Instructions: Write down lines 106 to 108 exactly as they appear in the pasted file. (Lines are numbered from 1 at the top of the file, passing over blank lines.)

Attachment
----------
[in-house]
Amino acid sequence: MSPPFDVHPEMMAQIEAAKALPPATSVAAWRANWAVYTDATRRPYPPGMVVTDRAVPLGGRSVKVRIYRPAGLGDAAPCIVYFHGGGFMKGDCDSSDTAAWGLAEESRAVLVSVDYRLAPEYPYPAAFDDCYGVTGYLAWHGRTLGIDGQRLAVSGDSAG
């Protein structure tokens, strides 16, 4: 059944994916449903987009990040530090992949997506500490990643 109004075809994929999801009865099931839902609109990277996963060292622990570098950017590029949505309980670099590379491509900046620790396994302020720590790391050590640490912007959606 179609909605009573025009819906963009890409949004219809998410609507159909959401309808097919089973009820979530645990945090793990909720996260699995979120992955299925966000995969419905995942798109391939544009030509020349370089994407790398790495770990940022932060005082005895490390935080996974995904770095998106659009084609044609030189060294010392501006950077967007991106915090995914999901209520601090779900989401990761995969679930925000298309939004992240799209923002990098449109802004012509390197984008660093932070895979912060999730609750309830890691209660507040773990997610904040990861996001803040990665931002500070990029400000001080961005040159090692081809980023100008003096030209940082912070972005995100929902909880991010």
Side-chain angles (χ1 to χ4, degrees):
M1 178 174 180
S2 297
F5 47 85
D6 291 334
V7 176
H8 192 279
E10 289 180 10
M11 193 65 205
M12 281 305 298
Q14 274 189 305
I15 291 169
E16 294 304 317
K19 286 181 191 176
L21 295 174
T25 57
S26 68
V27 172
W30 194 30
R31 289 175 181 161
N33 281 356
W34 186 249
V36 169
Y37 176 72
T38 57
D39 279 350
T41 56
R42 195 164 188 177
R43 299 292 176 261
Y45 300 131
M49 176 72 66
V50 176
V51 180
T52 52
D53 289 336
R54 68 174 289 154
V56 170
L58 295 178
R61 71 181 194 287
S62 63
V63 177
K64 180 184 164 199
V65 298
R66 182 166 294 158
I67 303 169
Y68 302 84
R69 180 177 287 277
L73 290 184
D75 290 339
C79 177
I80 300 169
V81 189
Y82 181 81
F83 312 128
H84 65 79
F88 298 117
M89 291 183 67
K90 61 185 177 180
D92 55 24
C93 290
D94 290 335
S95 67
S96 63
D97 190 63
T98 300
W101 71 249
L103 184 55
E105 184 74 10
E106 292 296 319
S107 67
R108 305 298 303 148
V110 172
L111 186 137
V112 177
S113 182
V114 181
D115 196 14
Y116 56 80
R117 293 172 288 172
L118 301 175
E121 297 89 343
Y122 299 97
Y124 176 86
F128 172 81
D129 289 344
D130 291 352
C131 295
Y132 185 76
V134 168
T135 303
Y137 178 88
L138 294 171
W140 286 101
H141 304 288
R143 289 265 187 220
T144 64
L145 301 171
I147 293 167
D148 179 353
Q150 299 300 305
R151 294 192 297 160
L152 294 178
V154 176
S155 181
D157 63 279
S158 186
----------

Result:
V154 176
S155 181
D157 63 279